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Recyclebank to fund greener education

Written by Alexis Abate, South Philly Review
Published: March 3, 2011

Ever since Mayor Michael Nutter introduced Greenworks Philadelphia in spring 2009, the city has been hailed as a top innovator of all things eco-friendly. Two local public schools plan to add green to their respective locations with positive environmental project proposals for the community at large to enjoy.

Next month, Andrew Jackson School, 1213 S. 12th St., and Chester A. Arthur School, 2000 Catharine St., will be rewarded with grants in excess of $4,000. They’re two of only 15 schools to receive national recognition as part of Recyclebank’s Green Schools Program this spring. Both local institutions proposed plans to benefit their neighborhoods.

Each school choose to focus on one of four categories including land beautification and cultivation; recycling education and practice; natural resource preservation and management; or eco-conscious food supply and waste management. But the team at Jackson came up with a new idea: Green economics and sustaining a 2,800-square-foot rooftop garden filled with seasonal vegetables native to the children’s various cultures and homes. With 28 cultures and nine languages, the concept stays true to Jackson’s mission of coming together and embracing differences.

“It’s a whole school method because Jackson is a very diverse community,” Principal Lisa Ciaranca-Kaplan said.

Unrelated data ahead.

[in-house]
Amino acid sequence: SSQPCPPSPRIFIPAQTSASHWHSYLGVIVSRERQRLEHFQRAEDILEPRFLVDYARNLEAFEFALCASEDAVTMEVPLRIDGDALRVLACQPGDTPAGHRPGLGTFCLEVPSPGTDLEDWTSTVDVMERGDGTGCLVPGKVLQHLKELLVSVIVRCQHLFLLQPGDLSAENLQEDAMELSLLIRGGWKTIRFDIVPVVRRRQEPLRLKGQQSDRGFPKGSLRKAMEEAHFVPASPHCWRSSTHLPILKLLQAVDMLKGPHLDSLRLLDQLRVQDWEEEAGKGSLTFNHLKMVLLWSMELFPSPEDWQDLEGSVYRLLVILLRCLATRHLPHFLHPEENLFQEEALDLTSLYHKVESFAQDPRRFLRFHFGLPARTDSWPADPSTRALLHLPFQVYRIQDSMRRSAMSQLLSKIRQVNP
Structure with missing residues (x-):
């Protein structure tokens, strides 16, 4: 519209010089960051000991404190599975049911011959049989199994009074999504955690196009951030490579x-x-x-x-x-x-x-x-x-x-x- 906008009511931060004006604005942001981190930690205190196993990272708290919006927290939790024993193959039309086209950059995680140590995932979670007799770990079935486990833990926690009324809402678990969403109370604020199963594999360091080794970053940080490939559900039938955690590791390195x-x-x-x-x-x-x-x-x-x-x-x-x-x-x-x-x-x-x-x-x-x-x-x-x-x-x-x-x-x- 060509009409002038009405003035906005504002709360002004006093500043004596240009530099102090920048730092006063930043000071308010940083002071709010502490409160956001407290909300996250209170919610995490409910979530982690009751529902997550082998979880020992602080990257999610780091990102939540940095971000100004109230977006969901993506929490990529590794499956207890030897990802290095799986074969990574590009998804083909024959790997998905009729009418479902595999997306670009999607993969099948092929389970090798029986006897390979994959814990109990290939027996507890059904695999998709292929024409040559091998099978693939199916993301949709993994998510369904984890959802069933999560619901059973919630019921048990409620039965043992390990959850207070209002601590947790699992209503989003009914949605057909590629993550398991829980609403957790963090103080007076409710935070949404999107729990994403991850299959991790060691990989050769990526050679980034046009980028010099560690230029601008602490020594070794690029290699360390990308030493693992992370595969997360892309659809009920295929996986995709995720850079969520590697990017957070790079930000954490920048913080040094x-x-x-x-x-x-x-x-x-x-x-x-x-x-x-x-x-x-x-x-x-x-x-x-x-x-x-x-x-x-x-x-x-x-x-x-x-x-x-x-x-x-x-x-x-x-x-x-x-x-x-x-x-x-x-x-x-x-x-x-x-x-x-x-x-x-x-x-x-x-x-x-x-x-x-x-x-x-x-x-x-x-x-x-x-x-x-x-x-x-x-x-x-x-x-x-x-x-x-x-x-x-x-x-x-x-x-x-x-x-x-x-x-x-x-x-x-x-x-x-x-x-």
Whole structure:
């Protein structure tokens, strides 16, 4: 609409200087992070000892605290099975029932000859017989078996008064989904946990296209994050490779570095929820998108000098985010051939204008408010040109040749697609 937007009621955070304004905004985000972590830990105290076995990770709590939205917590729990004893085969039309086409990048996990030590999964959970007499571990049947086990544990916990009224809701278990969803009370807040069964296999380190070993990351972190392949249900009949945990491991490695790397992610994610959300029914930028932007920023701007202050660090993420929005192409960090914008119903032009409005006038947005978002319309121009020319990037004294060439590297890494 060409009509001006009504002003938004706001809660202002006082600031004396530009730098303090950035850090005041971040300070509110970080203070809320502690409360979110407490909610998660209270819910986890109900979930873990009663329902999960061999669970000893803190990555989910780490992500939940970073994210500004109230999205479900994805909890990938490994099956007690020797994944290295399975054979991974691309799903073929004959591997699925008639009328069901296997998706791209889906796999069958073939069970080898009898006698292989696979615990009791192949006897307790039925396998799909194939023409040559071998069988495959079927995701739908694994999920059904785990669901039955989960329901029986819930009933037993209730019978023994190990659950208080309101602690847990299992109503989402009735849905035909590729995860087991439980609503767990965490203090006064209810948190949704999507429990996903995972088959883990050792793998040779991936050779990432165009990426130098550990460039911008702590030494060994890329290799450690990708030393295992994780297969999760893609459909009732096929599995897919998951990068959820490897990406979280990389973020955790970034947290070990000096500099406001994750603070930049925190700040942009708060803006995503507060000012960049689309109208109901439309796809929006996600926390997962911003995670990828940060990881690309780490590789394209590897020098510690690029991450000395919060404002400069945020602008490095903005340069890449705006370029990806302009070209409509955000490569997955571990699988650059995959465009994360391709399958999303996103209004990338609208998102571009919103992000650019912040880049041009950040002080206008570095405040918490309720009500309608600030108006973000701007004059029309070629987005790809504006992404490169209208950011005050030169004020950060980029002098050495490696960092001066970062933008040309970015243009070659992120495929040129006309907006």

The first of many projects on the horizon, the garden acts as an impetus for future eco-conscious initiatives.

“We’re celebrating our diversity and trying to engage the community more into Jackson being at the heart of the [neighborhood] so the garden is also an instructional piece connected to the science curriculum,” Ciaranca-Kaplan said. “We have one of the highest percentages of recycling in the city in our catchment area so we want to continue to bank on that and expand it.”

Since obtaining the recycling points needed, the space will become a classroom of its own creating eco-conscious citizens, Principal Intern Mary Beth Bongiovanni said. The children are expected to observe habits within their own neighborhoods to cultivate ideas and implement change in their homes and communities.

“We want them to learn what happens when the pipes in this neighborhood in particular get flooded, what happens when the water that’s gushing is going over filth and toxic waste,” Bongiovanni, a resident of the 1500 block of South 12th Street, said.

Although mostly fifth and sixth graders will be included in the curriculum set in place by the Philadelphia Water Department, all 350 students will use the space whether through a symposium on sustainable energy or a green project relative to the developing ecosystem of the rooftop garden.

Since her first meeting with 1st District Councilman Frank DiCicco and Councilman at Large James Kenney when she learned about this opportunity, Ciaranca-Kaplan has been determined to make this a community effort. Organizations such as the Passyunk Square Civic Association, Columbus Square Advisory Council, the Philadelphia Water Department’s Office of Watersheds and local businesses have become integral partners with Jackson in volunteering and lending their support, expertise and supplies, but Jackson still needs donations of 10 32-gallon containers and 30 buckets for in-classroom recycling.